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February 2024

Alan Purdue reaches Pelly Crossing finish line


As our fourth and last finisher, Alan Purdue, from Scotland reached the Pelly Crossing 300 mile finish line at 17:06 today. After a shower and two dinners he is now getting some rest.

Most of our volunteer crew are still in Pelly Crossing and tomorrow we will all go for a visit to Pelly Farm to celebrate 20 years of our race and to enjoy the great company of Sue and Dale at their farm.

In the meantime, the results table will be updated and we will post more photos in our gallery. If you want some impression right away, please check out our social media channels.

I will also write my final race report and, of course, as soon as possible announce the details for next year.

Jovica Spajic from Serbia wins 300 mile race


Jovica Spajic from Serbia wins the Montane Yukon Arctic Ultra 2024 300 mile race from Whitehorse to Pelly Crossing. Avoiding the dangerous trail just before McCabe meant shortening the distance by 38 miles. So, we can’t compare Jovica’s time to previous winners. However, it’s fair to say that Jovica would have been a strong contender to set a new record time. His speed was very impressive and he clearly learned some lessons from his previous two attempts during which he could not reach the finish line.

After a good night’s sleep and a much deserved shower, Jovica got a ride back to Whitehorse where has a few days left to relax before he flies home.


The next 300 mile athletes to finish were Daniel Benhammou and John Nakel. Both US and both MYAU veterans. They finished together but due to the fact that Daniel had arrived in Carmacks before John, in the official ranking, Daniel ranks 2nd and John 3rd. Although I am pretty sure they do not care. They are not so much here for the “ranking” and more for the adventure and to enjoy Yukon’s nature and the atmosphere created by the crew – both out on the trails and at the checkpoints. Like Jovica, they got a ride back to Whitehorse and I am almost certain we will see them again.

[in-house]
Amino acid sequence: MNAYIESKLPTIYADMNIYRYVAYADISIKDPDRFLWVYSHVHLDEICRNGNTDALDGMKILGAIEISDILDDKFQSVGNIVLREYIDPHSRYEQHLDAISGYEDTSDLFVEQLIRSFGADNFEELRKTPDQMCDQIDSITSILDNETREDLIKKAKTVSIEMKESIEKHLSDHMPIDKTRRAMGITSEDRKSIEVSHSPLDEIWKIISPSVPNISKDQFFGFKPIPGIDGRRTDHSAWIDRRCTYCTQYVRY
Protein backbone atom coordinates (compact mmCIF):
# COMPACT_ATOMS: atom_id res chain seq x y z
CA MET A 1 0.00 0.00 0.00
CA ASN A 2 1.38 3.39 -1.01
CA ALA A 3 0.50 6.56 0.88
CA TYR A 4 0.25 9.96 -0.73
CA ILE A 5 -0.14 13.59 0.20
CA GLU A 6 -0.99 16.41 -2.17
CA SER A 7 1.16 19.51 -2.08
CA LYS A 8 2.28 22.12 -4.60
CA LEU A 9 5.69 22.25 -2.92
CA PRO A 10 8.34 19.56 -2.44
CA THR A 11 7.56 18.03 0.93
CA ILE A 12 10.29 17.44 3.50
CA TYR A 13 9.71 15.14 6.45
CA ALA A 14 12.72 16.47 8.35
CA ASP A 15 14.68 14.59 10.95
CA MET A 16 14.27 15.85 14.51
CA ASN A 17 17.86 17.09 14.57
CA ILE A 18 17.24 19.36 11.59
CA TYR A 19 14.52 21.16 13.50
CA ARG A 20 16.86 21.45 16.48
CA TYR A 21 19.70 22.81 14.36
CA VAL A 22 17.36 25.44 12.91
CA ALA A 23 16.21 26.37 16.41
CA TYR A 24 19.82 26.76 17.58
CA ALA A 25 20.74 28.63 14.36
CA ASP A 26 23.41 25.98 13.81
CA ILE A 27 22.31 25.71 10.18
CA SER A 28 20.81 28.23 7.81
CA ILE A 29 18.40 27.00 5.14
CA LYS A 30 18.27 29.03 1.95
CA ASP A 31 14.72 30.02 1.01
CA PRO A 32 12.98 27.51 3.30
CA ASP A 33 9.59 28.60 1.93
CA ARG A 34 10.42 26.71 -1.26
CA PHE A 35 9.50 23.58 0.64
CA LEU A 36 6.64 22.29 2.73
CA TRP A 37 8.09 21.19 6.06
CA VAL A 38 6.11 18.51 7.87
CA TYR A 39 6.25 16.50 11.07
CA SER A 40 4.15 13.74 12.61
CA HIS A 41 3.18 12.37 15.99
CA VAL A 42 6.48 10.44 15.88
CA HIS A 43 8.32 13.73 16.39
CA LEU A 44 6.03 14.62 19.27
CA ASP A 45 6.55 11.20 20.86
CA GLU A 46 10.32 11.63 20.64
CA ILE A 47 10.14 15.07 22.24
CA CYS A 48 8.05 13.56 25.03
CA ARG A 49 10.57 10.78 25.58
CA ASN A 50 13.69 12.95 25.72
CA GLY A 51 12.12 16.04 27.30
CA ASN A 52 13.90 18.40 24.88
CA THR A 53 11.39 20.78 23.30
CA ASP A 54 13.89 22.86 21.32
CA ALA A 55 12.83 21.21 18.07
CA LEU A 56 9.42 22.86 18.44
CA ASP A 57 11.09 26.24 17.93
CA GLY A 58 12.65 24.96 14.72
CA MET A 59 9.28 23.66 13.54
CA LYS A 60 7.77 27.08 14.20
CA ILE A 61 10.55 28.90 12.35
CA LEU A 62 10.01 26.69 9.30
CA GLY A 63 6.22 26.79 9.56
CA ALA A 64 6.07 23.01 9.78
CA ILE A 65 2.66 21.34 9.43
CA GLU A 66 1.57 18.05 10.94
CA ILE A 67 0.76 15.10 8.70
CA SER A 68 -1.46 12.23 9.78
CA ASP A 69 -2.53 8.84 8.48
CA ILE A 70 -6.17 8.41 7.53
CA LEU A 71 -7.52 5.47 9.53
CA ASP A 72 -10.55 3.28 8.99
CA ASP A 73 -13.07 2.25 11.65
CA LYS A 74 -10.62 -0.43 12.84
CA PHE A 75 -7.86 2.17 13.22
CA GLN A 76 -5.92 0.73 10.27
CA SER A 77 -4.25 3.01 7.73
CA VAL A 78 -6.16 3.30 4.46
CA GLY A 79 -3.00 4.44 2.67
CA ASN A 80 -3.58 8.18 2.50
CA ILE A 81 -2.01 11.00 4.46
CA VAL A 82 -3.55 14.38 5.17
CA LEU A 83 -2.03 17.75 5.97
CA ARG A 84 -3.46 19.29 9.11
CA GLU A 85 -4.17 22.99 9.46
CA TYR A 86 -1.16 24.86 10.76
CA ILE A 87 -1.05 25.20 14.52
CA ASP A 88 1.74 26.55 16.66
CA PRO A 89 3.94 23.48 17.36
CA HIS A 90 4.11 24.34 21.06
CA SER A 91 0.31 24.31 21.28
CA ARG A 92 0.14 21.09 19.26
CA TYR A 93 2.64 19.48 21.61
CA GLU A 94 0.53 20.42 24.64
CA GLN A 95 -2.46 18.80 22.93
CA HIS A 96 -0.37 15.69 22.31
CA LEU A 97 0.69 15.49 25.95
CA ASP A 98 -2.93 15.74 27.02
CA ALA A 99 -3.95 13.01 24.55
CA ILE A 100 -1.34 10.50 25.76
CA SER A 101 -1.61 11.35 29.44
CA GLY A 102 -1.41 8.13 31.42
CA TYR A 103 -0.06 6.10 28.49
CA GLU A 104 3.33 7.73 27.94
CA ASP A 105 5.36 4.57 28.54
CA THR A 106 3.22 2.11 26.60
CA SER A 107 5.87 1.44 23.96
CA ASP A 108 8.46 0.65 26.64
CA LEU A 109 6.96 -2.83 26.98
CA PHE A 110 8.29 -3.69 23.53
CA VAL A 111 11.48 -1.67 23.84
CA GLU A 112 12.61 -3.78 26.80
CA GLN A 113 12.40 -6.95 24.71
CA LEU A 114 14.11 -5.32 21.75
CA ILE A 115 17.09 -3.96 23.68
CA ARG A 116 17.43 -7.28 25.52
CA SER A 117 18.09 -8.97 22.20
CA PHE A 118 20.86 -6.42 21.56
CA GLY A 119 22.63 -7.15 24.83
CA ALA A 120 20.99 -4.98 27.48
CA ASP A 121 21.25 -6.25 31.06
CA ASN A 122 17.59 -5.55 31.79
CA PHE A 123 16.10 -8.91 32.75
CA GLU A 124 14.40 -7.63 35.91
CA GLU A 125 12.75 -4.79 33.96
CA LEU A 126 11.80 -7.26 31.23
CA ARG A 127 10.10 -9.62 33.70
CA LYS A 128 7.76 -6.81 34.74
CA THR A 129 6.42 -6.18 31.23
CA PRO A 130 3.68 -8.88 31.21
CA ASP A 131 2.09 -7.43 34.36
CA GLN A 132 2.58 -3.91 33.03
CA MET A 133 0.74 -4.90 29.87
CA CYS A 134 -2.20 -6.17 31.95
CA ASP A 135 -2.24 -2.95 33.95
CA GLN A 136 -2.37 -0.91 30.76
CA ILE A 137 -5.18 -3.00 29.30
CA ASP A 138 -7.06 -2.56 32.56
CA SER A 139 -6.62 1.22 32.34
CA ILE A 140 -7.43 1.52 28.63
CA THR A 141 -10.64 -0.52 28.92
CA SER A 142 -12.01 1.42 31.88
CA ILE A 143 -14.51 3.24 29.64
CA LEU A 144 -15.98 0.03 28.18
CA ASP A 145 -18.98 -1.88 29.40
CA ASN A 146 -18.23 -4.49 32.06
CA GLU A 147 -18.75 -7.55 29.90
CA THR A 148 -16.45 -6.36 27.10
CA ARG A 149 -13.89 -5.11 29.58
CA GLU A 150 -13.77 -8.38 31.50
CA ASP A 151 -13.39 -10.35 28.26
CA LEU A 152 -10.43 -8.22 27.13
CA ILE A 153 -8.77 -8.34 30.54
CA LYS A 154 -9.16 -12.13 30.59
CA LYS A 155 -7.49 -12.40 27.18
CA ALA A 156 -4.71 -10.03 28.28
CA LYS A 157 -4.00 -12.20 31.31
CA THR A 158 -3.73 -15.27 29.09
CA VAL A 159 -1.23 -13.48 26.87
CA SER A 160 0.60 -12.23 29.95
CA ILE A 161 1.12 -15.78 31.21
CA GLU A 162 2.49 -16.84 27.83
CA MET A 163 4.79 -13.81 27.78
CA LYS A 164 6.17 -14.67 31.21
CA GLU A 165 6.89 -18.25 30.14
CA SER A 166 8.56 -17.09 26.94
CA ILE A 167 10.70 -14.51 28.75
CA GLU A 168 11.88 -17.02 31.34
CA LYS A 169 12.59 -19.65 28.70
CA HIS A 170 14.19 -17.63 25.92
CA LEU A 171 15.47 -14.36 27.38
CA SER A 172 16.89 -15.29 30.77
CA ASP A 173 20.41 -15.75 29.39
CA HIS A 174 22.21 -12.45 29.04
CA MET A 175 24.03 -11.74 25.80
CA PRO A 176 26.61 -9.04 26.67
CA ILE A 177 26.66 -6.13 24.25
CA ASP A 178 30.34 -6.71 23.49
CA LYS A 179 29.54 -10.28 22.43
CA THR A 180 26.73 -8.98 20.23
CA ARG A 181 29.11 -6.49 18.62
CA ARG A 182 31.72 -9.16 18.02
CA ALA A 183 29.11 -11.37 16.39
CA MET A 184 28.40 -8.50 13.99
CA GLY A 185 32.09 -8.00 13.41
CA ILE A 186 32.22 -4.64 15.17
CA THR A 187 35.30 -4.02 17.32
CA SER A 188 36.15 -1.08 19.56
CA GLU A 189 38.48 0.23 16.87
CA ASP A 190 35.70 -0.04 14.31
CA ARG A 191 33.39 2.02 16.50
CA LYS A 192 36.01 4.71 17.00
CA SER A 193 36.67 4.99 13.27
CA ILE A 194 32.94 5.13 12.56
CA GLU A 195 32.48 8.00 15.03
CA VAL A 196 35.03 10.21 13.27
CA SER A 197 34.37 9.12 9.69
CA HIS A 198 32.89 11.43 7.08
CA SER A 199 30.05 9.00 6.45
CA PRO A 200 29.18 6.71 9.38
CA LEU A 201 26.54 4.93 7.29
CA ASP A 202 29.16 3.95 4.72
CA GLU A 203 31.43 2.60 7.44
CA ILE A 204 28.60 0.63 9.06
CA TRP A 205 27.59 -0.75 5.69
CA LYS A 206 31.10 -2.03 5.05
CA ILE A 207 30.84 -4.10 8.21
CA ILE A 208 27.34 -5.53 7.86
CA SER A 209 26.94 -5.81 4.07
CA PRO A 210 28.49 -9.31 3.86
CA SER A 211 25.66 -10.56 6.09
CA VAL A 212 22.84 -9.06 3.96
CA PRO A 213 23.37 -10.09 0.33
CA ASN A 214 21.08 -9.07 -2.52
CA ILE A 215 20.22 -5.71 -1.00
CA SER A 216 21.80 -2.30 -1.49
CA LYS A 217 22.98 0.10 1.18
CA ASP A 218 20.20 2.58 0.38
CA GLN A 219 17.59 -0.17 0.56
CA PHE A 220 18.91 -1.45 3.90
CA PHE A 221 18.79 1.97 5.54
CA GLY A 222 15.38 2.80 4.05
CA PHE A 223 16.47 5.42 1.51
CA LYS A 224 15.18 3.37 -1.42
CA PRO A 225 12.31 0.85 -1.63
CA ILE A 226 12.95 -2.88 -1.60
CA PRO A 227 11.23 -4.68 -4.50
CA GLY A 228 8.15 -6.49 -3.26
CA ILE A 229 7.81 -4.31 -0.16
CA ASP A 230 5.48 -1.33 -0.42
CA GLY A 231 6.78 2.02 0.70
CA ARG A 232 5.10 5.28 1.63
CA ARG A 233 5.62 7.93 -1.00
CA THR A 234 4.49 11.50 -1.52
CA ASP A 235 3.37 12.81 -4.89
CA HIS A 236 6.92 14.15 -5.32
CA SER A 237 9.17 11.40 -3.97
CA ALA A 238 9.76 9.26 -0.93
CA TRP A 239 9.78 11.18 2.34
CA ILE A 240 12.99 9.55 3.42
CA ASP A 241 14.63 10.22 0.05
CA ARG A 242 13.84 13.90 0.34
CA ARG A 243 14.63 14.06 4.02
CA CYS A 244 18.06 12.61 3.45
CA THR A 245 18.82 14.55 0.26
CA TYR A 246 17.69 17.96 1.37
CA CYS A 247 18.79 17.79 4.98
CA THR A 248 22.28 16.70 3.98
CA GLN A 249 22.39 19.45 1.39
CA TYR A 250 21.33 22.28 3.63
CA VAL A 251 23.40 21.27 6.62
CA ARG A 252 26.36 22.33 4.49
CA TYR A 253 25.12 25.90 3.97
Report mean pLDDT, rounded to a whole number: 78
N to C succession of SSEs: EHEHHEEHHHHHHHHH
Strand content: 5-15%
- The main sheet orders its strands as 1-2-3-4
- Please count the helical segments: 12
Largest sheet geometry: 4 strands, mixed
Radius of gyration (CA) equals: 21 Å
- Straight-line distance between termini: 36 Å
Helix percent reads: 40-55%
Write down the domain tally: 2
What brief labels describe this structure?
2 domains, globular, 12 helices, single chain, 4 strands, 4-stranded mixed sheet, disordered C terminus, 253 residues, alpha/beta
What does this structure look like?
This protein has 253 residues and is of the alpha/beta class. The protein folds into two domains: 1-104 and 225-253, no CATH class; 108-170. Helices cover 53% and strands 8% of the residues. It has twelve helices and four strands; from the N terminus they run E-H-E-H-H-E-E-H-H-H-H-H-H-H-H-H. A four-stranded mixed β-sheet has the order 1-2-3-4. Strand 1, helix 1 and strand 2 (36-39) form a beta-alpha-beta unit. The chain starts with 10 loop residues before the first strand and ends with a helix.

Alan Purdue is now the last athletes we are waiting for. He arrived at Pelly Farm this evening. Now he has to make his way back to Whitehorse and we hope to welcome him in tomorrow night. We are all very impressed with him. Alan is always in a good mood and super relaxed.

Alan Purdue is now the last athletes we are waiting for. He arrived at Pelly Farm this evening. Now he has to make his way back to Whitehorse and we hope to welcome him in tomorrow night. We are all very impressed with him. Alan is always in a good mood and super relaxed.

Copyright: Callum Jolliffe

MYAU 2024 – Days 1 to 4


It has been an extremely busy few days. Normally, I get to do one or two updates on our website before we get to Carmacks. This time, I did not have this opportunity. To all of you who are on social media, please check out facebook group or instagram page, as I have the support of Callum Jolliffe who posts short updates, great reels and photos there.

Day 1 was as we expected it. Shipyards Park was extremely icy and there was a lot of ice without snow cover on the Yukon River, too. It meant that our fatbikers were able to fly, since they had studded tires. For those running and hiking it was a fast race, too. Just our skiers had to suffer.

All marathon runners who started also did reach the finish line at Muktuk Adventures. I hope to update the results table tonight for you all to be able to see the times and rankings.

It was a cold first night. As a consequence, some athletes did run into problems with frostbite. Not to a degree where they will lose toes or fingers but bad enough to have to withdraw. As a matter of fact, even “mild” frostbite for our athletes means that they have to stop.
That night more athletes had to scratch for other reasons.

For a long time, both our fatbikers were close together. However, Scott Herron decided not to rest long at our remote Dog Grave Lake checkpoint, while Ric Horobin stopped for a good night’s sleep. Hence, 100 miler Scott came first and Ric second. The third athlete to reach Braeburn Lodge was Elise Zender from Germany. She had already finished our 300 mile race in 2023, along with Josh Tebeau who also finished the 100 miles not long after her. This year both of them came “just” to train, to then return for our 430 mile race to Dawson City in 2025! In total 11 athletes finished the 100 mile race and 4 had to scratch.